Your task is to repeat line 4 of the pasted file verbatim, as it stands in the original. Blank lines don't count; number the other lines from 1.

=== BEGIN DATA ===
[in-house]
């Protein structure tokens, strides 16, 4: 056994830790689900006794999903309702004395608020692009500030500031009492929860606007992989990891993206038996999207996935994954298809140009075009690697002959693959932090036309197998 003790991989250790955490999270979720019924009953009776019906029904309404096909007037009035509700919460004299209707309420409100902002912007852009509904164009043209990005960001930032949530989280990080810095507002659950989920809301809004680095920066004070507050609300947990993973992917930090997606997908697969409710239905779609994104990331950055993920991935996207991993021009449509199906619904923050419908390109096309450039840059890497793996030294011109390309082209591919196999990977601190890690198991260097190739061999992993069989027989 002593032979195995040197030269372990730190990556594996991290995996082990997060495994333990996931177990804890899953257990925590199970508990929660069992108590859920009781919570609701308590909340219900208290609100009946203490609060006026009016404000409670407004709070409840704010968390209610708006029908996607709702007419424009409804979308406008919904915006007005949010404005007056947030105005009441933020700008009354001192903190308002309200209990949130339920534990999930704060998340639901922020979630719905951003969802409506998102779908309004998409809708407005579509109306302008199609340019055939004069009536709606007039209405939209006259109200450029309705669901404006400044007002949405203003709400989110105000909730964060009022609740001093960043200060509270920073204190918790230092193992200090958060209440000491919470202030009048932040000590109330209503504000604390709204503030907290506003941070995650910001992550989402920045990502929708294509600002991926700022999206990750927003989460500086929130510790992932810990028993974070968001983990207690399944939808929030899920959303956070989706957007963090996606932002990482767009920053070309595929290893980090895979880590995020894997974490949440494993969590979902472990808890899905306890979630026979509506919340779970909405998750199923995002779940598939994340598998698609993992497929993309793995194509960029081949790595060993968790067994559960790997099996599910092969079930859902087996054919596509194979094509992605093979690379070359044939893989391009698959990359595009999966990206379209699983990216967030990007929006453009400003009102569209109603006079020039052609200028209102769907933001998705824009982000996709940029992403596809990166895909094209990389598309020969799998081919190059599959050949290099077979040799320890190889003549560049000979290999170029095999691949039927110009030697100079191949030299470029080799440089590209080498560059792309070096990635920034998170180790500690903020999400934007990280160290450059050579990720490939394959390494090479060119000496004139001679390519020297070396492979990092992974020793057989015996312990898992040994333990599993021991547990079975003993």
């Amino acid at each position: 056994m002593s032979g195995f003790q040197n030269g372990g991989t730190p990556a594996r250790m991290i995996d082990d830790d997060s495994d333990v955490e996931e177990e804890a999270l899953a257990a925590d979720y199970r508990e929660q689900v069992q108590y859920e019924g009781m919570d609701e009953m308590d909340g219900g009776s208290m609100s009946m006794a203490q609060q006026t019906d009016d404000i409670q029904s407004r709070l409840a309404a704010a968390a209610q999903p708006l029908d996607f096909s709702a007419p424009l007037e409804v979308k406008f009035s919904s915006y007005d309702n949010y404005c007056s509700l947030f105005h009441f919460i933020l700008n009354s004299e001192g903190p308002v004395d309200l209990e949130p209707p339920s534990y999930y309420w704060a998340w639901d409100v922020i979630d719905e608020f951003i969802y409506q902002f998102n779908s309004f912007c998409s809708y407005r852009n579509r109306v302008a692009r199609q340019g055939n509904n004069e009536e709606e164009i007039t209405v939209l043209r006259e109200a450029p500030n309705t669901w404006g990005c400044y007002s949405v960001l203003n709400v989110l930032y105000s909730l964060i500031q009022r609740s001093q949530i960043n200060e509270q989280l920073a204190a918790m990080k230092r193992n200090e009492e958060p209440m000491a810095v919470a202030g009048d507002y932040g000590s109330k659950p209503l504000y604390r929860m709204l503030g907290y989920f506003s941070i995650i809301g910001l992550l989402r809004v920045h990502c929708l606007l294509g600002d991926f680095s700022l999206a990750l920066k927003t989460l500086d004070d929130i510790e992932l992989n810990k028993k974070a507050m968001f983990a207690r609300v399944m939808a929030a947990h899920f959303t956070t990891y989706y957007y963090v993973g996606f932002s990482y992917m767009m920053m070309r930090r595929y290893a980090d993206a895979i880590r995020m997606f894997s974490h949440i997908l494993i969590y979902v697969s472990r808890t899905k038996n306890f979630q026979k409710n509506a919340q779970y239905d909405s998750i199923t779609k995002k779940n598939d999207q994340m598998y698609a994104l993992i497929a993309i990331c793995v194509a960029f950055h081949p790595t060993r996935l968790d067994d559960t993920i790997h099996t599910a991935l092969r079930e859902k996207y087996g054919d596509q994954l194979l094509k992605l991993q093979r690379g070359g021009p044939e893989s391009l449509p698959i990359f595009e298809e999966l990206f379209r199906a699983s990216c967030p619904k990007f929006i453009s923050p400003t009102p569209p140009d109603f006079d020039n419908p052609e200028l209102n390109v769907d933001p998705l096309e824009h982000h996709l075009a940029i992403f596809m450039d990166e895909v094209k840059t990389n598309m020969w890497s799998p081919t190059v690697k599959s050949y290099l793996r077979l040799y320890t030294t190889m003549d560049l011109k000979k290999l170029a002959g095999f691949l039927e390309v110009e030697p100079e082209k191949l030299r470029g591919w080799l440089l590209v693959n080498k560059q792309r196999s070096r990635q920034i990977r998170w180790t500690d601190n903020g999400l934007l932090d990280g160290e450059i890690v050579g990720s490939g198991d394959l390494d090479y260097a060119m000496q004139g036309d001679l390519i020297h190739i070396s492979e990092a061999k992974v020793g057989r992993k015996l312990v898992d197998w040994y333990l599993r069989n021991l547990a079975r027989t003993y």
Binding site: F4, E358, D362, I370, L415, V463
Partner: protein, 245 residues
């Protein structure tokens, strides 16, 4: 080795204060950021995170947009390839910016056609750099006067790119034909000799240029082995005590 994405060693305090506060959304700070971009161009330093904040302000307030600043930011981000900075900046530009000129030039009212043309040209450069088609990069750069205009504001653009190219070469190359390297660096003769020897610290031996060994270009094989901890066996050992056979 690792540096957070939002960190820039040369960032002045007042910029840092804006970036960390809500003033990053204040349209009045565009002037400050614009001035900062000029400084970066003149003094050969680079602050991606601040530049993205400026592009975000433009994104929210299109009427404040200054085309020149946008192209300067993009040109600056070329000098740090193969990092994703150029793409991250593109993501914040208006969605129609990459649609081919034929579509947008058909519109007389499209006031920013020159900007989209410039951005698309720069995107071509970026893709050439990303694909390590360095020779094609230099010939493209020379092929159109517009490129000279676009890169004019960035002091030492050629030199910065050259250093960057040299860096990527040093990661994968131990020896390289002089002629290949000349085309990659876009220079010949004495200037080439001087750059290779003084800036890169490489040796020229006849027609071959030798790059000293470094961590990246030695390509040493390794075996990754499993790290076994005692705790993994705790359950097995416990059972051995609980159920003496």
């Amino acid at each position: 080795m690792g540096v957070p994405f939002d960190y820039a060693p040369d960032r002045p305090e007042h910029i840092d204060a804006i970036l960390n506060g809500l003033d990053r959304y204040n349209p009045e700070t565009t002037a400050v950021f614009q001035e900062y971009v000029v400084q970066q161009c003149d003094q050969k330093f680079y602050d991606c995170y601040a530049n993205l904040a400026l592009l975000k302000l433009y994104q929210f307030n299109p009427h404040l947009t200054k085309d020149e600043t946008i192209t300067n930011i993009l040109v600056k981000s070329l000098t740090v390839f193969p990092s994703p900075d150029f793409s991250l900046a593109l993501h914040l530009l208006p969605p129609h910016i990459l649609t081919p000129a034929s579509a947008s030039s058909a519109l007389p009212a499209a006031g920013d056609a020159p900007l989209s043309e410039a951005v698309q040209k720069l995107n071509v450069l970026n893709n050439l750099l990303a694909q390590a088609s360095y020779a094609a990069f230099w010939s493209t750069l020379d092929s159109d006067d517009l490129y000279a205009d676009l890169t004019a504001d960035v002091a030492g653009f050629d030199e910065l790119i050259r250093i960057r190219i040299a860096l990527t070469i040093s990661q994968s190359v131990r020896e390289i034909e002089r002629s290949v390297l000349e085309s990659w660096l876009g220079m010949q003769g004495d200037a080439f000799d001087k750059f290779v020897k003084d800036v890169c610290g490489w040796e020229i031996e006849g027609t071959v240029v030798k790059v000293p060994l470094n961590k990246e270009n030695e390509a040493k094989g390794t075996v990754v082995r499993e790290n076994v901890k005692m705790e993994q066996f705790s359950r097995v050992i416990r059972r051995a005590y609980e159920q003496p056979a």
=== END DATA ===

Binding site: F4, E358, D362, I370, L415, V463